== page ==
Tips for creating engaging museum interactives

This post comes on the tail end of designing and developing two touch screen interactives for History SA; one promoting the South Australian Maritime Museum’s new Living in Port app and one for the Migration Museum’s new Freedom exhibit. Since I’ve been living in the world of touchscreens I thought it would be a good opportunity to write a few tips.

As touchscreens and related tech become more accessible and easier to use, more and more museums are opting to include digital displays in exhibits. Whether you are looking for a way to communicate more information while taking up less real estate, or looking to engage younger audiences that get bored quickly, digital interactives can be a great addition to exhibitions …  if done well.

There are a variety of uses for digital interactives in exhibition spaces, including games, full digital exhibitions, or simply providing expanded information. Across the world I’ve seen a wealth of interactive displays, featuring everything from basic information resources to fully fledged games and edutainment. Want an example? Go to the Scienceworks Museum and design your own shoe 🙂

Create your own "Future Sneaker" at the Scienceworks Museum in Melbourne

Create your own “Future Sneaker” at the Scienceworks Museum in Melbourne

Some of these interactives are obviously pretty complex, but the starting point for including digital displays is a lot simpler. If you’re a curator getting started with including digital displays, or maybe a designer trying to create your first one, read on.

Be attention grabbing

There’s no point having an interactive display if it fades into the background. This is why attractions sequences are a must-have for engaging displays.

An attraction sequence is something that most good interactive displays start once they aren’t in use. A nice and aesthetic attraction sequence helps to grab attention, at the same time as indicating ‘hey you, I’m interactive, come play with me!’

  • Make it obvious, but not too tacky. Subtle animation and movement goes a long way.
  • Ensure that the attraction sequence kicks in fairly early once the display isn’t in use.
  • Make sure the attraction sequence doesn’t look like a display in itself. A slideshow or animation is great, but a note to ‘touch to start’ can be useful.
A computer screen with photos laid out in a grid

The interface for the Freedom interactive, for the Migration Museum, uses an uneven grid, smooth animation, and great imagery to grab attention.

Be easy to use

You don’t know who will be using your interactive, how young or old they may be, and most importantly how much experience they have with fancy touchscreens. Make sure that your display is easy to use and simple to understand.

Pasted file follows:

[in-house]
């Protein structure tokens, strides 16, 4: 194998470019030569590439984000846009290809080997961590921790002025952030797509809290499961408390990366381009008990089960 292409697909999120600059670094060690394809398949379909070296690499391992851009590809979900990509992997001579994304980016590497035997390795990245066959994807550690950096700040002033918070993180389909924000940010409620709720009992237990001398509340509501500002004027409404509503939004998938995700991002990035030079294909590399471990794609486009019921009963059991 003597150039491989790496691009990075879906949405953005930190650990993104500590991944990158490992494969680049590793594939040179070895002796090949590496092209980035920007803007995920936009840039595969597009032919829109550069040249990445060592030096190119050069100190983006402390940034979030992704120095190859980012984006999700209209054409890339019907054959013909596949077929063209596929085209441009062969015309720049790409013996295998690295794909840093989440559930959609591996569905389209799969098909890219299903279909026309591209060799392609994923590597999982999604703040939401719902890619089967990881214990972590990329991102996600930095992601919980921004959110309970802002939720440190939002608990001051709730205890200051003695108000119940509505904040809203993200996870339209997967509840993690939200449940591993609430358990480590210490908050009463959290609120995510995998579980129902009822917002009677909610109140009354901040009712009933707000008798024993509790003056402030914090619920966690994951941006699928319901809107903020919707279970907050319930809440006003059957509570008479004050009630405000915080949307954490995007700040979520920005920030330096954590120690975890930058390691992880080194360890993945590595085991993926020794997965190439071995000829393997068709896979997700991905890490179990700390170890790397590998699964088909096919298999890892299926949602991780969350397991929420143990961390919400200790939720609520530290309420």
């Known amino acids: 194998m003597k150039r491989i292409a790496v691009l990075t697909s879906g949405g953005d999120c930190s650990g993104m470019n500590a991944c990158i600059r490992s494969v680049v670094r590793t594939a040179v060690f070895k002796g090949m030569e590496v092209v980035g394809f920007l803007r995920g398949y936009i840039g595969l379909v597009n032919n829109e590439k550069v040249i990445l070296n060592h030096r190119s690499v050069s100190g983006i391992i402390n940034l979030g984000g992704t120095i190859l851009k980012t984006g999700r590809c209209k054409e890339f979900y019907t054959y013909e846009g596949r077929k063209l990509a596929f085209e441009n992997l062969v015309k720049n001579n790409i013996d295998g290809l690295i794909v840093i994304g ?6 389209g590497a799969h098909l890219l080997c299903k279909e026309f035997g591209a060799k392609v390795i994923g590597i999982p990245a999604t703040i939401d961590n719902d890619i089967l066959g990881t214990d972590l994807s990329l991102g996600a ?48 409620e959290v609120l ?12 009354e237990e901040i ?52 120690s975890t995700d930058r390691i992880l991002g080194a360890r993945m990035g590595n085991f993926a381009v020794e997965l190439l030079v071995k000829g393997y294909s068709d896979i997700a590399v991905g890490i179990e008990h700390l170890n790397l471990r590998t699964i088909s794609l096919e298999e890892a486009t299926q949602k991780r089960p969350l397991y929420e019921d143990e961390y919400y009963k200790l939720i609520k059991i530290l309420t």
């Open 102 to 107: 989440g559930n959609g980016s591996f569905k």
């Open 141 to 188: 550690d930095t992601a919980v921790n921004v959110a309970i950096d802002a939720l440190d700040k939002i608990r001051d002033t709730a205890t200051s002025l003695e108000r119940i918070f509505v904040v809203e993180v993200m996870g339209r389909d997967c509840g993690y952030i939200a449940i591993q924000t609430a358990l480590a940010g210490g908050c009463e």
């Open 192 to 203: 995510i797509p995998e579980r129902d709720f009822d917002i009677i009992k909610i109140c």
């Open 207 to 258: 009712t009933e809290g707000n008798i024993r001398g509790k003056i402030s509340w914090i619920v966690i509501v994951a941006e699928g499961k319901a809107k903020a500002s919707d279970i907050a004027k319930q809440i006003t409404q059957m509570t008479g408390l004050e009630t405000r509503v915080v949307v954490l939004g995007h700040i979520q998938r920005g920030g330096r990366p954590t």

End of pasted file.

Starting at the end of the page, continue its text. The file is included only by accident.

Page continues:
• It should be clear that visitors can interact with the display. While it may be humorous watching people subtly touch a screen just in case it’s interactive, it’s better to make it obvious so they don’t need to be embarrassed 😛
  • Ensure that all buttons have big enough “hit areas”. A hit area is the area around the button that will still activate the button if pressed, i.e. the user’s aim doesn’t need to be exact. This can help young and old that might have trouble with fine motor skills, and would have difficulty touching the right parts of the screen.
  • Calls to action and instructions help people navigate and (hopefully) avoid confusion.
  • Make sure the interactive is stable and (relatively) unbreakable. There’s nothing more experience shattering than a display bugging out while you’re trying to explore.

In the case of the Living in Port interactive, usability was a real must-have. The interactive featured a photo slider that enabled the user to compare a photo from the past to the same location in the present. Since this isn’t something that people encounter every day, usability was a focus. To help with this the controls for the slider had a massive hit area, meaning that the user didn’t need to be a pro to be able to control it.


With a bit of a learning curve for new players, usability was a real focus for the Living in Port interactive. The red bar on the right shows the area that the user is able to tap to slide the image, rather than needing to tap the small yellow button exactly.


Be beautiful

Of course looks aren’t everything, but if you want to grab attention and be engaging then good design and quality graphics are a must. The great part about designing the Freedom interactive is that the photography, from Melbourne photographer Andy Drewitt, was the focus. The rest of the design happily took a backseat.

Andy's photography brought a touch of beauty to the interactive.

Andy’s photography brought a touch of beauty to the Freedom interactive.

Do what people expect

I’m all for thinking outside the box and breaking boundaries, but not at the risk of frustrating users. Since the rise of the smartphone era there are certain conventions people expect to be in place when using touchscreens. Make use of the standard gestures, like swiping to navigate pages. Not everyone will choose to do this over using the buttons, but those that try will be rewarded with a smooth experience.

Long story short, buttons aren’t the be all and end all of user interfaces. You’re using a touchscreen, make it worthwhile.

Any more tips?

These are just some of the tips that I’ve come up with after developing my recent interactives. Have you had experience creating interactive displays, for museums or otherwise? We’d love to hear some of your tips too. And of course, visit the Migration Museum and the South Australian Maritime Museum to check out their brand new displays 🙂

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